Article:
Each “student” received a internal education system it required both work and tuition before receiving scholarships to continue their education at elite universities like Cornell University. Soon after, education became a priority for Nunn who wanted to build a college that would prepare students for a “life of service to humanity”. Deep Springs College admitted its first class of 20 students in 1917.

This is a two year program

Deep Springs College is a unique institution of higher learning. Its educational program is based on three pillars: academics, student autonomy and manual labor. Each student receives a full scholarship; the college covers tuition, room and board for each student offered.

Many outstanding colleges have begun to adopt the “microcollege“model – any form of concentrated post-secondary education – pioneered by Deep Springs College, as Tideline Institute and outer coast. Despite differences in location, curriculum, and goals, all schools share Nunn’s vision, which was to revitalize higher education in the outdoors and produce well-rounded, independent graduates.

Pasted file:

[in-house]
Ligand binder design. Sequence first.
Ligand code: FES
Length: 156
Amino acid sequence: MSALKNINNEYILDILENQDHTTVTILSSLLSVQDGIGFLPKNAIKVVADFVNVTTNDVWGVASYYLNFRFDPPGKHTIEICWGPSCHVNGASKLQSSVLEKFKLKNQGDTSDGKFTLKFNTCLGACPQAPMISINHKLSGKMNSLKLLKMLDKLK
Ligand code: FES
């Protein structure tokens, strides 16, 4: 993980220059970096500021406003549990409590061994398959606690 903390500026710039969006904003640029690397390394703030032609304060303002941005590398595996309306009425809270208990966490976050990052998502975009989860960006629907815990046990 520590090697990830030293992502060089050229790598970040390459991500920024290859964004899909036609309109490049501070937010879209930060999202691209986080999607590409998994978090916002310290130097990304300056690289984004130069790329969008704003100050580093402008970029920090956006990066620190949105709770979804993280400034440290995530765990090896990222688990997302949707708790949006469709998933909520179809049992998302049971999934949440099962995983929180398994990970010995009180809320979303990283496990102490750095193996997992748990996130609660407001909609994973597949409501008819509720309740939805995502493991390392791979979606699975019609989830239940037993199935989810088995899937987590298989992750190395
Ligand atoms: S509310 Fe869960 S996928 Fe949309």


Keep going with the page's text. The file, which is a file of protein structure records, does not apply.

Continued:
There are no majors

Like alone 12 to 15 students are admitted each academic year, all students must bring a high level of preparation and commitment to their courses, which are usually built around seminar-style discussions.

However, there is a catch. Unlike most American universities, Deep Springs College has no majors. Most students take two to three courses per semester, choosing from offerings in areas such as the humanities, social sciences, natural sciences, and the arts. Some mods recently offered include Conservation Science, Aristotle’s Ethics, Painting, Mathematics in Politics, Modern Essay, Race and Education, Magical Realism, Congo War and Peace and the poetry of Emily Dickinson.